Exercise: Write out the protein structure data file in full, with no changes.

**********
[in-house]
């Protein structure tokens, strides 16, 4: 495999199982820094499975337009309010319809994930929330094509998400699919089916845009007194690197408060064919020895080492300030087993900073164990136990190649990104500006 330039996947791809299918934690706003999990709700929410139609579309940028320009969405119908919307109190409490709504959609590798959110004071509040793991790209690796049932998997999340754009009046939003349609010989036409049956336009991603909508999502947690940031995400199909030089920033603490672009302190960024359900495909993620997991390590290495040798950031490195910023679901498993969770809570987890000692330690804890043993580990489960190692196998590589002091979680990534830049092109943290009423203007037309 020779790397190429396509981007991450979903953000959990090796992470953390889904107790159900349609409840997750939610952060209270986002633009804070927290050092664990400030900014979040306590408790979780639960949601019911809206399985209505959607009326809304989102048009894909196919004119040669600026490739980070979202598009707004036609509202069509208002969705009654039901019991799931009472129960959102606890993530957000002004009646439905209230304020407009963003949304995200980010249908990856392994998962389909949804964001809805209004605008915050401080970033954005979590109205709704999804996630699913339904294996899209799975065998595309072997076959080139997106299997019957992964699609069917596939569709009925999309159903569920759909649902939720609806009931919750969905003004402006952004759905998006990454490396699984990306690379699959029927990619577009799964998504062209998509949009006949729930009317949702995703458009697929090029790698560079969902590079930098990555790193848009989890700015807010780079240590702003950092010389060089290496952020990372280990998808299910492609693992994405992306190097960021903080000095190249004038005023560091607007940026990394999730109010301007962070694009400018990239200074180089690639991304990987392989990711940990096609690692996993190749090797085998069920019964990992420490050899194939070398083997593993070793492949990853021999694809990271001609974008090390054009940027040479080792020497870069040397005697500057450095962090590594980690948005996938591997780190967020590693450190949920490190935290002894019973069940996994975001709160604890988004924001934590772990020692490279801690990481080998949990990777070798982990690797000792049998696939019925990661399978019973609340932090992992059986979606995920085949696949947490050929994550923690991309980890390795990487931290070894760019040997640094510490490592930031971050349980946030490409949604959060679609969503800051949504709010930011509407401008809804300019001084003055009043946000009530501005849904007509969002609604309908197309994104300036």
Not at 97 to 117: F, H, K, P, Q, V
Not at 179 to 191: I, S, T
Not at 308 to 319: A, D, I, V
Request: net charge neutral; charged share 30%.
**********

[in-house]
């Protein structure tokens, strides 16, 4: 495999199982820094499975337009309010319809994930929330094509998400699919089916845009007194690197408060064919020895080492300030087993900073164990136990190649990104500006 330039996947791809299918934690706003999990709700929410139609579309940028320009969405119908919307109190409490709504959609590798959110004071509040793991790209690796049932998997999340754009009046939003349609010989036409049956336009991603909508999502947690940031995400199909030089920033603490672009302190960024359900495909993620997991390590290495040798950031490195910023679901498993969770809570987890000692330690804890043993580990489960190692196998590589002091979680990534830049092109943290009423203007037309 020779790397190429396509981007991450979903953000959990090796992470953390889904107790159900349609409840997750939610952060209270986002633009804070927290050092664990400030900014979040306590408790979780639960949601019911809206399985209505959607009326809304989102048009894909196919004119040669600026490739980070979202598009707004036609509202069509208002969705009654039901019991799931009472129960959102606890993530957000002004009646439905209230304020407009963003949304995200980010249908990856392994998962389909949804964001809805209004605008915050401080970033954005979590109205709704999804996630699913339904294996899209799975065998595309072997076959080139997106299997019957992964699609069917596939569709009925999309159903569920759909649902939720609806009931919750969905003004402006952004759905998006990454490396699984990306690379699959029927990619577009799964998504062209998509949009006949729930009317949702995703458009697929090029790698560079969902590079930098990555790193848009989890700015807010780079240590702003950092010389060089290496952020990372280990998808299910492609693992994405992306190097960021903080000095190249004038005023560091607007940026990394999730109010301007962070694009400018990239200074180089690639991304990987392989990711940990096609690692996993190749090797085998069920019964990992420490050899194939070398083997593993070793492949990853021999694809990271001609974008090390054009940027040479080792020497870069040397005697500057450095962090590594980690948005996938591997780190967020590693450190949920490190935290002894019973069940996994975001709160604890988004924001934590772990020692490279801690990481080998949990990777070798982990690797000792049998696939019925990661399978019973609340932090992992059986979606995920085949696949947490050929994550923690991309980890390795990487931290070894760019040997640094510490490592930031971050349980946030490409949604959060679609969503800051949504709010930011509407401008809804300019001084003055009043946000009530501005849904007509969002609604309908197309994104300036």
Not at 97 to 117: F, H, K, P, Q, V
Not at 179 to 191: I, S, T
Not at 308 to 319: A, D, I, V
Request: net charge neutral; charged share 30%.